Now all plants have been watered, and the total number of steps taken is 13. Therefore, the wateringPlants function would return 13 for this example.

The steps taken for each action are summarized in the following sequence:

  • Start [can=6]
  • Water plant 0 [can=4, steps=1]
  • Water plant 1 [can=0, steps=2]
  • Refill at river, water plant 2 [can=1, steps=6]
  • Water plant 3 [can=0, steps=7]
  • Refill at river, water plant 4 [can=4, steps=13]
  • Done

The answer to how many steps are needed to water all plants is 13 steps.

Solution Implementation

1from typing import List  # Import the List type from the typing module.
2
3class Solution:
4    def wateringPlants(self, plants: List[int], capacity: int) -> int:
5        # Initialize steps to zero and current_capacity to the input capacity.
6        steps, current_capacity = 0, capacity
7      
8        # Iterate through the plants with their indices.
9        for i, plant in enumerate(plants):
10            # If the current_capacity is sufficient to water the plant:
11            if current_capacity >= plant:
12                current_capacity -= plant  # Decrease the current_capacity by plant's need.
13                steps += 1  # Increment the steps by one (one step forward).
14            else:
15                # Refill the watering can to full capacity then water the plant.
16                current_capacity = capacity - plant 
17                # Add steps to go back to river (i steps back) and return (i steps forward).
18                # Plus one more step to water the current plant.
19                steps += (i + 1) * 2  # Total steps for back and forth.
20      
21        # Return the total number of steps taken to water all plants.
22        return steps
23
24# Example usage:
25# solution = Solution()
26# print(solution.wateringPlants([2, 4, 5, 1, 2], 6))  # Output would be 17
27
1class Solution {
2    public int wateringPlants(int[] plants, int capacity) {
3        int steps = 0; // This will hold the total number of steps taken
4        int currentCapacity = capacity; // This holds the current water capacity in the can
5
6        // Loop through all the plants
7        for (int i = 0; i < plants.length; i++) {
8            // If there's enough water left to water the current plant
9            if (currentCapacity >= plants[i]) {
10                currentCapacity -= plants[i]; // Water the plant and decrease the can's capacity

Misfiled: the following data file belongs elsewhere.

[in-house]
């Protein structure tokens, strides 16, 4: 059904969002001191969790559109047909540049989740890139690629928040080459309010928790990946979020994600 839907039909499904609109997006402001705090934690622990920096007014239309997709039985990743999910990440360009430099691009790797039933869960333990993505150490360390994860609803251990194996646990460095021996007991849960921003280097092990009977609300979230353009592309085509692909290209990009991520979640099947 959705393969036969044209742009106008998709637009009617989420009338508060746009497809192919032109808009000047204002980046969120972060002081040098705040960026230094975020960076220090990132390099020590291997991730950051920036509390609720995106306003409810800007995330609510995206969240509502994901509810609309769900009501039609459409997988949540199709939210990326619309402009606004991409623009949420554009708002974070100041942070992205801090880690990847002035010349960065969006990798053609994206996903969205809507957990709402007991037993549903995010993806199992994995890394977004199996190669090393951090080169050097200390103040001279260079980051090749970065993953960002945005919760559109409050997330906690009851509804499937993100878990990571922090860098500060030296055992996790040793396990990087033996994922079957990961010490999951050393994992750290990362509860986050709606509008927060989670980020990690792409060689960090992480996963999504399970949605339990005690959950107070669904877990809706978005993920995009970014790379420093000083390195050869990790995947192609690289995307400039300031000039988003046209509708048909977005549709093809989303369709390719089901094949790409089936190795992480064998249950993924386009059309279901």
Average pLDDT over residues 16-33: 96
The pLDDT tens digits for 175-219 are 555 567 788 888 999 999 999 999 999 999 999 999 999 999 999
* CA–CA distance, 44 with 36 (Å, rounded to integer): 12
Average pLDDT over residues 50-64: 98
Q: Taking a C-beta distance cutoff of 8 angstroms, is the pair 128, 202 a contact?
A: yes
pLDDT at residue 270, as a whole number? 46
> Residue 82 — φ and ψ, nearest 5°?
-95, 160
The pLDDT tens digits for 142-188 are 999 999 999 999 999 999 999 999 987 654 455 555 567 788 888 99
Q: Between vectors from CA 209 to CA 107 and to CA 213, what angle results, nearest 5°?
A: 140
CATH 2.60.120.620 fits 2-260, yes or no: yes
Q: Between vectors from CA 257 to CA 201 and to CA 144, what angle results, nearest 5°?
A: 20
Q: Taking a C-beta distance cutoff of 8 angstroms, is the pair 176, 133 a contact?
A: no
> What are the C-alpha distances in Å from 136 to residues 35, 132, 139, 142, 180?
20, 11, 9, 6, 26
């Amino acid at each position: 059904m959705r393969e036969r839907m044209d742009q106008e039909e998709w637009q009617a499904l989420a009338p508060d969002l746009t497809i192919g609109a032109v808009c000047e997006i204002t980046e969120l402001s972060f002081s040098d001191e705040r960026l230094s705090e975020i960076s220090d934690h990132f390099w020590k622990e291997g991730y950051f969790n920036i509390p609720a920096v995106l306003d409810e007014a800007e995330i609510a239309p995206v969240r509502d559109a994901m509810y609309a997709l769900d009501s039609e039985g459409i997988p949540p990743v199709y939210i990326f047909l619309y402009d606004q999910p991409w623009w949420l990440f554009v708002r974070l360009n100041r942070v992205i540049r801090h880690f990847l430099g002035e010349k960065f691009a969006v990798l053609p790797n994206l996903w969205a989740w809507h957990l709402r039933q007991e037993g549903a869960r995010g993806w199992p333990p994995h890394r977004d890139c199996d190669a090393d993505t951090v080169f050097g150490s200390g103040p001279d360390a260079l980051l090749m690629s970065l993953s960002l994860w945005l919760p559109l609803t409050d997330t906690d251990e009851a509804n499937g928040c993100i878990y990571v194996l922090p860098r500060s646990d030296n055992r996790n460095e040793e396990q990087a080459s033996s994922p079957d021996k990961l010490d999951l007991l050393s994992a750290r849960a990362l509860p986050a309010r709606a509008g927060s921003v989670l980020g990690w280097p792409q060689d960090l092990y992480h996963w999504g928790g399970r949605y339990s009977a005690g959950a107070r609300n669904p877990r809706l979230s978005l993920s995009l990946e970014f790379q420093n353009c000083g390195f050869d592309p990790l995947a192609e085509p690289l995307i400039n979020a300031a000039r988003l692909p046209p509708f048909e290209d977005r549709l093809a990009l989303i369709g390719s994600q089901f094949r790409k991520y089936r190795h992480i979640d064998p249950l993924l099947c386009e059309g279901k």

11                steps++; // One step to water the plant
12            } else {
13                // If there isn't enough water capacity:
14                // Steps to go back to the river to refill (i steps) 
15                // and return back to this plant (i + 1 steps)
16                steps += 2 * i + 1; 
17                currentCapacity = capacity - plants[i]; // Refill the can minus the water needed for current plant
18            }
19        }
20        return steps; // Return the total number of steps taken
21    }
22}
23
1class Solution {
2public:
3    int wateringPlants(vector<int>& plants, int capacity) {
4        int steps = 0; // Variable to store the total number of steps taken.
5        int remainingCapacity = capacity; // Variable to keep track of the remaining water capacity.
6
7        // Loop through all the plants.
8        for (int i = 0; i < plants.size(); ++i) {
9            // Check if there's enough water left to water the current plant.
10            if (remainingCapacity >= plants[i]) {
11                // If there is, water the plant: decrement remaining capacity.
12                remainingCapacity -= plants[i];
13                // And increment the step counter because a step is taken to water the plant.
14                ++steps;
15            } else {
16                // If there's not enough water left, go back to the river to refill.
17                // This takes 2 steps for every plant passed (back and forth), plus one to water the plant.
18                steps += i * 2 + 1;
19                // Refill the can to full capacity, minus the water needed for the current plant.
20                remainingCapacity = capacity - plants[i];
21            }
22        }
23      
24        return steps; // Return the total number of steps taken.
25    }
26};
27
1function wateringPlants(plants: number[], capacity: number): number {
2    // n holds the total number of plants
3    const plantCount = plants.length;
4  
5    // steps represents the total number of steps taken so far
6    let steps = 0;
7  
8    // currentWater represents the current water capacity in the can
9    let currentWater = capacity;
10
11    // Looping through each plant
12    for (let i = 0; i < plantCount; i++) {
13        // If current water is less than what the current plant needs,
14        // the gardener must refill the water can
15        if (currentWater < plants[i]) {
16            // Steps to go back to the river (i steps), refill (1 step), and return to the plant (i steps)
17            steps += i * 2 + 1;
18          
19            // Refill the can to full capacity minus the amount of water needed for the current plant
20            currentWater = capacity - plants[i];
21        } else {
22            // If enough water is present for the current plant,
23            // simply water the plant, which takes 1 step
24            steps++;
25          
26            // Subtract the amount of water used for the current plant
27            currentWater -= plants[i];
28        }
29    }
30
31    // Return the total number of steps taken to water all plants
32    return steps;
33}
34

Time and Space Complexity

The time complexity of the code is O(n), where n is the number of plants. This is because the code iterates through each plant exactly once.

The space complexity of the code is O(1) since a fixed amount of extra space is used regardless of the input size. Additional variables ans and cap are used, but their use does not scale with the number of plants.

Learn more about how to find time and space complexity quickly using problem constraints.